Coexisting with Carnivores: A cost-benefit analysis of non-lethal wolf-depredation management in central Idaho
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The purpose of this masters project is to estimate the social net value of a non-lethal, wolf-depredation management strategy in central Idaho. The strategy was developed by Defenders of Wildlife to reduce sheep depredation by gray wolves (Canis lupus). Defenders of Wildlife worked with three of the largest sheep producers in Idaho between 2008 and 2010 to demonstrate and test the effectiveness of non-lethal predation-management tools in central Idaho. While the Defenders project is preventative in nature, the status quo project is reactive -- Wildlife Services, a division of USDA Animal Plant and Health Inspection Service (APHIS), responds to depredation events using mainly lethal strategies of control. Using a cost-benefit analysis model, this study calculates the incremental net value of the Defenders of Wildlife demonstration project. A benefit transfer is used to derive the non-market value of wolves. By including this estimate in the analysis, the results show that using non-lethal, preventative tools can yield greater benefits to society than the reactive status quo program. The social benefits derived from the demonstration project are estimated to range from approximately $80,000 to $4.66 million ($2011). The results have important implications for the future of the Defenders of Wildlife project and depredation management strategies utilized in the ranching industry. Perhaps more important is the example it provides of stakeholders with different priorities working together for the greater good of society.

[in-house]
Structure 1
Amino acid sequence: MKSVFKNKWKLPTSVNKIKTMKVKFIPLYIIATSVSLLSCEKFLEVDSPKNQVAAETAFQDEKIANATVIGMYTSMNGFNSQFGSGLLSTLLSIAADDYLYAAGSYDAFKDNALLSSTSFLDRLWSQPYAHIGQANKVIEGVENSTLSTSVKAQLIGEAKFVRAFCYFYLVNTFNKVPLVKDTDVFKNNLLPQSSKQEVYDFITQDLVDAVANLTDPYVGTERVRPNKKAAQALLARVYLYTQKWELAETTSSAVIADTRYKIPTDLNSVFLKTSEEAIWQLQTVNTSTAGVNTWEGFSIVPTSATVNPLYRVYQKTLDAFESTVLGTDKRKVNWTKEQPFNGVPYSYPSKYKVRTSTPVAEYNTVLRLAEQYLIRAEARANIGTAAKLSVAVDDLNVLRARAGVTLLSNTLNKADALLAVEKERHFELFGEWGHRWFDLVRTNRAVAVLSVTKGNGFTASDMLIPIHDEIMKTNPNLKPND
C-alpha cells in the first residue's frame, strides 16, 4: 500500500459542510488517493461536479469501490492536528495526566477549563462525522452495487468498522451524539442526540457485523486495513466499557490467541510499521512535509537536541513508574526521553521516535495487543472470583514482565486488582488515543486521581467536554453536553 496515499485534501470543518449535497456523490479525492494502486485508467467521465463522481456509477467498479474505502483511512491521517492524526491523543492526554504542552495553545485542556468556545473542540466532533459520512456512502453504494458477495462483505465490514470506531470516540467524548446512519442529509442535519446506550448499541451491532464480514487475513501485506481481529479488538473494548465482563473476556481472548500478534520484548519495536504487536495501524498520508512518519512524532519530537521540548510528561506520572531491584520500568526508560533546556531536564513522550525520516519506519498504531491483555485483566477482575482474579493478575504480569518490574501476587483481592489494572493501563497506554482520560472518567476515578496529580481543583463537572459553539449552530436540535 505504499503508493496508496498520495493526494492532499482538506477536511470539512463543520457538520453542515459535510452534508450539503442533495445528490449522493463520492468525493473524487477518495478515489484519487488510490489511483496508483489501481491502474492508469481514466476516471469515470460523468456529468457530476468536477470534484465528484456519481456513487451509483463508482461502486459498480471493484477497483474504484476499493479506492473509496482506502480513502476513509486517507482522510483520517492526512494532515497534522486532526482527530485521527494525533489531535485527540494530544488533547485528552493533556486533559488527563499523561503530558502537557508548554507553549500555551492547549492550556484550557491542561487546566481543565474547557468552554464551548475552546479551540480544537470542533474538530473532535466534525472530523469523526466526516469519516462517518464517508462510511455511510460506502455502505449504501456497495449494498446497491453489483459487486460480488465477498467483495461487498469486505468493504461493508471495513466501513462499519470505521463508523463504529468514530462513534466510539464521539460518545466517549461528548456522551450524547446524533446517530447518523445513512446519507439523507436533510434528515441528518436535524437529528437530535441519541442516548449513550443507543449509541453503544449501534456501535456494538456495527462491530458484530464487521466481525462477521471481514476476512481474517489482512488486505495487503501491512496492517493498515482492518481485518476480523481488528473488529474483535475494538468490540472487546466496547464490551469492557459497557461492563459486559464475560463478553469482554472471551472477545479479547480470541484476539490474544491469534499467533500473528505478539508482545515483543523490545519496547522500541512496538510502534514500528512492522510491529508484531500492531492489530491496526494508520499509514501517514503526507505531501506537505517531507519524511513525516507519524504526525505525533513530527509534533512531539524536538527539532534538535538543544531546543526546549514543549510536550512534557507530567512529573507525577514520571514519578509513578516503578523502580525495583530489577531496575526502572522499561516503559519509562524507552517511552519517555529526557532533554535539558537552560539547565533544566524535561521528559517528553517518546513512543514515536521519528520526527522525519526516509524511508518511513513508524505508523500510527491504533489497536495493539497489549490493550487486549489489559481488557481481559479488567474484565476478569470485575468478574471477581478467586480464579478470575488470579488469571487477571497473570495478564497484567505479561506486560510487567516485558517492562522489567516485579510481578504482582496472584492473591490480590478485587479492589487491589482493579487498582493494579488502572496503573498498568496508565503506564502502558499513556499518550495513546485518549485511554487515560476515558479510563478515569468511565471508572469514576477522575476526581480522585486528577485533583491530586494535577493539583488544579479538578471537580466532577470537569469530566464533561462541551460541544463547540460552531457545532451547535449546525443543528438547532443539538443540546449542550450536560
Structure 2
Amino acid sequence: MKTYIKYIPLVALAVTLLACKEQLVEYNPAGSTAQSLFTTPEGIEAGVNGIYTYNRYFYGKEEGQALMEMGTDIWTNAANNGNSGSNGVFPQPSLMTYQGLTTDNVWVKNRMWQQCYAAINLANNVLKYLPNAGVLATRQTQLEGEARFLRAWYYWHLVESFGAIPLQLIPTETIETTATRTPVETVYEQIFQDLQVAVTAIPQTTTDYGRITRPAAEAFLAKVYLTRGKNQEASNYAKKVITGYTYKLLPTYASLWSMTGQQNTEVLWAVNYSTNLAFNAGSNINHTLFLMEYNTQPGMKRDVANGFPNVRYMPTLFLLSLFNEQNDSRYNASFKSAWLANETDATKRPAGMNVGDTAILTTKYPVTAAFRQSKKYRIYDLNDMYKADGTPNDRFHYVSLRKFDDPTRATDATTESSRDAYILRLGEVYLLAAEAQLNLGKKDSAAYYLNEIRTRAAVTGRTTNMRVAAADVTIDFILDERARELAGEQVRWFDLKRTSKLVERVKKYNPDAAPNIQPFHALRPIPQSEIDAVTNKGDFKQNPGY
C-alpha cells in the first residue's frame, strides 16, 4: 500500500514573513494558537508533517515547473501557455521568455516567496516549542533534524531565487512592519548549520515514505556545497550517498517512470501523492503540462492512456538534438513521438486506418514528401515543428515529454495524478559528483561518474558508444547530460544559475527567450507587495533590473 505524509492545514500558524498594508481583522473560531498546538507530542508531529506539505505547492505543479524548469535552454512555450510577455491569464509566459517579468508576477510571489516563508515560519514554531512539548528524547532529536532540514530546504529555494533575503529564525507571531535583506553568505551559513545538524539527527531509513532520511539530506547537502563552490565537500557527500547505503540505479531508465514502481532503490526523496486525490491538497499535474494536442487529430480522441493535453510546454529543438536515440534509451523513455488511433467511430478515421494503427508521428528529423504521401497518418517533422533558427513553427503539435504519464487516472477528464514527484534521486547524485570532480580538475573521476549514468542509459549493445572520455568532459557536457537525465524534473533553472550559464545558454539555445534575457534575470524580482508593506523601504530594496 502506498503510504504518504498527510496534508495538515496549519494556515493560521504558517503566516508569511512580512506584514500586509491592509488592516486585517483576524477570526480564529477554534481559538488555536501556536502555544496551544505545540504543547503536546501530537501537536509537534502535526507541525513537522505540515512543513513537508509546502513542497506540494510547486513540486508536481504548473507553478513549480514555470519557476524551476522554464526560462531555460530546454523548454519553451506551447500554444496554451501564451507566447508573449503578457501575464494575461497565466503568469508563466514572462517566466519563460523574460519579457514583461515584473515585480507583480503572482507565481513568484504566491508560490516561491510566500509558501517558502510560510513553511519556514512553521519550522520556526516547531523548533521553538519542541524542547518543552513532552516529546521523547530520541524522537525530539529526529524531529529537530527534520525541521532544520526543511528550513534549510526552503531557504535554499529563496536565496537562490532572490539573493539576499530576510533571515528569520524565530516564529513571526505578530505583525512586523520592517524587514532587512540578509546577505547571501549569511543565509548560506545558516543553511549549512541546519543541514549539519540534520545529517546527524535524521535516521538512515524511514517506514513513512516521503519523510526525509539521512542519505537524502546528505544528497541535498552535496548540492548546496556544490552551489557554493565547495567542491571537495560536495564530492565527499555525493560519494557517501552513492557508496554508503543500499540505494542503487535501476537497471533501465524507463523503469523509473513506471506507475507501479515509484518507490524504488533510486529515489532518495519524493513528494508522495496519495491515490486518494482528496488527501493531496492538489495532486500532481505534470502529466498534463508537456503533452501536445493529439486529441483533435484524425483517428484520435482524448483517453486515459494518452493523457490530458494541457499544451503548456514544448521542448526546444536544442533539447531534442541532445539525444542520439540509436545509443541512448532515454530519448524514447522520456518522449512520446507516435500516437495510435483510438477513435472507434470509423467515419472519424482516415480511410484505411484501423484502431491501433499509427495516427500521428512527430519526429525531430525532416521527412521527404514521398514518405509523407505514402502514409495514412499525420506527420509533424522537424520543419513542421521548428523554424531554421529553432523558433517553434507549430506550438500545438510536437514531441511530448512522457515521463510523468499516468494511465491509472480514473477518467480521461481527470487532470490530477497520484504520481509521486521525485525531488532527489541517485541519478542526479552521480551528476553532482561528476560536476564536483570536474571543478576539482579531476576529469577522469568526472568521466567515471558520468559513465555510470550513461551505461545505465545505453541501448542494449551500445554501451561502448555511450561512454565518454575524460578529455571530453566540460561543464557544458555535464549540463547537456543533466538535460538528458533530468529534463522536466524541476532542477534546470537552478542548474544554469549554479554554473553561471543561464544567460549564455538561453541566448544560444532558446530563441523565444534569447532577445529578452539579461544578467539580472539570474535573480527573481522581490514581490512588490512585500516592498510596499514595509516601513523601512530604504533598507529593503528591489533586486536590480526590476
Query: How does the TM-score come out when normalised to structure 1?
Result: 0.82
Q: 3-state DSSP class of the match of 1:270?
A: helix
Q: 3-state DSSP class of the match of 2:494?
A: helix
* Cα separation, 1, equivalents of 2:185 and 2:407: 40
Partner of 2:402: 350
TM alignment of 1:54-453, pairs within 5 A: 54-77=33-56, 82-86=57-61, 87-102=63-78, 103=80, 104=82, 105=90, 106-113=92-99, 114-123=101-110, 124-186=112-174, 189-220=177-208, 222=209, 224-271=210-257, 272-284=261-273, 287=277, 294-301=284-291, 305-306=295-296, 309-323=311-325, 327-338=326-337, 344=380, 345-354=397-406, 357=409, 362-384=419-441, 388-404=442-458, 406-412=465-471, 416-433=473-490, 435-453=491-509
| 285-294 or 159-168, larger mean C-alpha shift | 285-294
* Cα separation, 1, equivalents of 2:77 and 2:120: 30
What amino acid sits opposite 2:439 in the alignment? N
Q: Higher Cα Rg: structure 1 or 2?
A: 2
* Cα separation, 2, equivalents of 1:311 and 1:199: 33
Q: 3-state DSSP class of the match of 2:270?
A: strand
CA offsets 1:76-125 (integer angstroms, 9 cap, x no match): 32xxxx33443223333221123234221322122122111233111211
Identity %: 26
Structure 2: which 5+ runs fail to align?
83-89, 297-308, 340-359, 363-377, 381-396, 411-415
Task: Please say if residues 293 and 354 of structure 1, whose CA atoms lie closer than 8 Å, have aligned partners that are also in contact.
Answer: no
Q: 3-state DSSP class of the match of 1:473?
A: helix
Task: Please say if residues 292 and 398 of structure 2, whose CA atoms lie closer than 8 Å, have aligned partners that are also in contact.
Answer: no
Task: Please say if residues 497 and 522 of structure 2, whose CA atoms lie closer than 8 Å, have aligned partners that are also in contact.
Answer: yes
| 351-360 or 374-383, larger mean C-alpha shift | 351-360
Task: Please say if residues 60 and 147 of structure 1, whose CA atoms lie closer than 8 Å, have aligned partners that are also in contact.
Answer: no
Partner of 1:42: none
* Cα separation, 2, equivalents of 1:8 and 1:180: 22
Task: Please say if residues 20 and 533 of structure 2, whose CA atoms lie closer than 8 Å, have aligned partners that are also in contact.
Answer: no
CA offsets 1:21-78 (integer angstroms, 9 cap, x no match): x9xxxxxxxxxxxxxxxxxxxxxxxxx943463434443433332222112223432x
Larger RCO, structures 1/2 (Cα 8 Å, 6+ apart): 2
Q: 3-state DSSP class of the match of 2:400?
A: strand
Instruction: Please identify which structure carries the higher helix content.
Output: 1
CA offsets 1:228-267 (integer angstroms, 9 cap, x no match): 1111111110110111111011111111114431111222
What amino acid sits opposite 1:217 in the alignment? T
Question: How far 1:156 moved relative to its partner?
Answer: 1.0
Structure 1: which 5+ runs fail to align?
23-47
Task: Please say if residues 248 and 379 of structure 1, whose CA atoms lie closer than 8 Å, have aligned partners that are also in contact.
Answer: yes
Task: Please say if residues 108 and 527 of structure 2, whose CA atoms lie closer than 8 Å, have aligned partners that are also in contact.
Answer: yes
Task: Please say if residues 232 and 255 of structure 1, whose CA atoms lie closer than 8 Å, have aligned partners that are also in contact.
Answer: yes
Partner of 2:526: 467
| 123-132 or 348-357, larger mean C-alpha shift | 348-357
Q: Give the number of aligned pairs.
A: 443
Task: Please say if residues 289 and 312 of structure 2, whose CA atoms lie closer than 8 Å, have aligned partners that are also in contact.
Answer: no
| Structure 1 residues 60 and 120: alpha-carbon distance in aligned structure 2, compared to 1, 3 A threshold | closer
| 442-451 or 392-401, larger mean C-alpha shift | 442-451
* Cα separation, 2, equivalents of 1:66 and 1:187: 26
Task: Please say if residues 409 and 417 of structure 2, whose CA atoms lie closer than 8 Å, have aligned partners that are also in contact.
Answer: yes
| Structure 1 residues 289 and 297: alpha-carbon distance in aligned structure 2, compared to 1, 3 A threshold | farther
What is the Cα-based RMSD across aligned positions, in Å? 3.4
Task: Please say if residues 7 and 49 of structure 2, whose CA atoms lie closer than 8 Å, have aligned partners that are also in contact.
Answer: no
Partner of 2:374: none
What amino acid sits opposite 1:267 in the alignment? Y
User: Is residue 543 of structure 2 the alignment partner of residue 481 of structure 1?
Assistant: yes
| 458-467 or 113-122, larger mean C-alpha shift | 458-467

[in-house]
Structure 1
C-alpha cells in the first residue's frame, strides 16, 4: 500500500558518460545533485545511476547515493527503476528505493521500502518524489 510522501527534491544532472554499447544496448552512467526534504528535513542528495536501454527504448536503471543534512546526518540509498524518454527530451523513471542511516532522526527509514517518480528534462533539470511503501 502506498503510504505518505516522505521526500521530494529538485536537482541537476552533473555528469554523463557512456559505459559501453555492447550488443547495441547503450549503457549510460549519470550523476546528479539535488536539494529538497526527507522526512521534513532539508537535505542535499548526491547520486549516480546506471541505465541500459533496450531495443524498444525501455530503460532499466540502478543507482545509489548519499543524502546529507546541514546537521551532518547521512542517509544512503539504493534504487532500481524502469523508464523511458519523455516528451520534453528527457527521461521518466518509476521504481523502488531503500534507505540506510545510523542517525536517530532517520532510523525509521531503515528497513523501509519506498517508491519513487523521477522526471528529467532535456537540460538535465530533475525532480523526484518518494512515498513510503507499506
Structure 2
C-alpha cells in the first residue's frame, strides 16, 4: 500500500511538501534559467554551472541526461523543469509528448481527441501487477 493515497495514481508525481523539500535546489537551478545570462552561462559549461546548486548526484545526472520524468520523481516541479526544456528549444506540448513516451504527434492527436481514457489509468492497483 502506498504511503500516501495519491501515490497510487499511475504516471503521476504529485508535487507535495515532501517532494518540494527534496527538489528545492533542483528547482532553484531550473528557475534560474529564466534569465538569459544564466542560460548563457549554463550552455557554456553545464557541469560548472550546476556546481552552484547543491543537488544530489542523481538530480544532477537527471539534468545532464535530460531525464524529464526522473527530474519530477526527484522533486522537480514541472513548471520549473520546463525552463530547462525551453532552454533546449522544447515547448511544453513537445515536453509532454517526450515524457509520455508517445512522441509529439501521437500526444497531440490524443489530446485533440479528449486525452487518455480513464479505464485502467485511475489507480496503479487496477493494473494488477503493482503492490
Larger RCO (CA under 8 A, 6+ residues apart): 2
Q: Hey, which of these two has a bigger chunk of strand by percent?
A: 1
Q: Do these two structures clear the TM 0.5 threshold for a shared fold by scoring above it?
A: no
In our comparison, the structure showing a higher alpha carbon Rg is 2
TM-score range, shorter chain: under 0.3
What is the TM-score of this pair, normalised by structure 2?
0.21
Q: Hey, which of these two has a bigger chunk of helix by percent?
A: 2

CitationAbernethy, Ashley L. (2011). Coexisting with Carnivores: A cost-benefit analysis of non-lethal wolf-depredation management in central Idaho. Master's project, Duke University. Retrieved from https://hdl.handle.net/10161/3650.
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Rights for Collection: Nicholas School of the Environment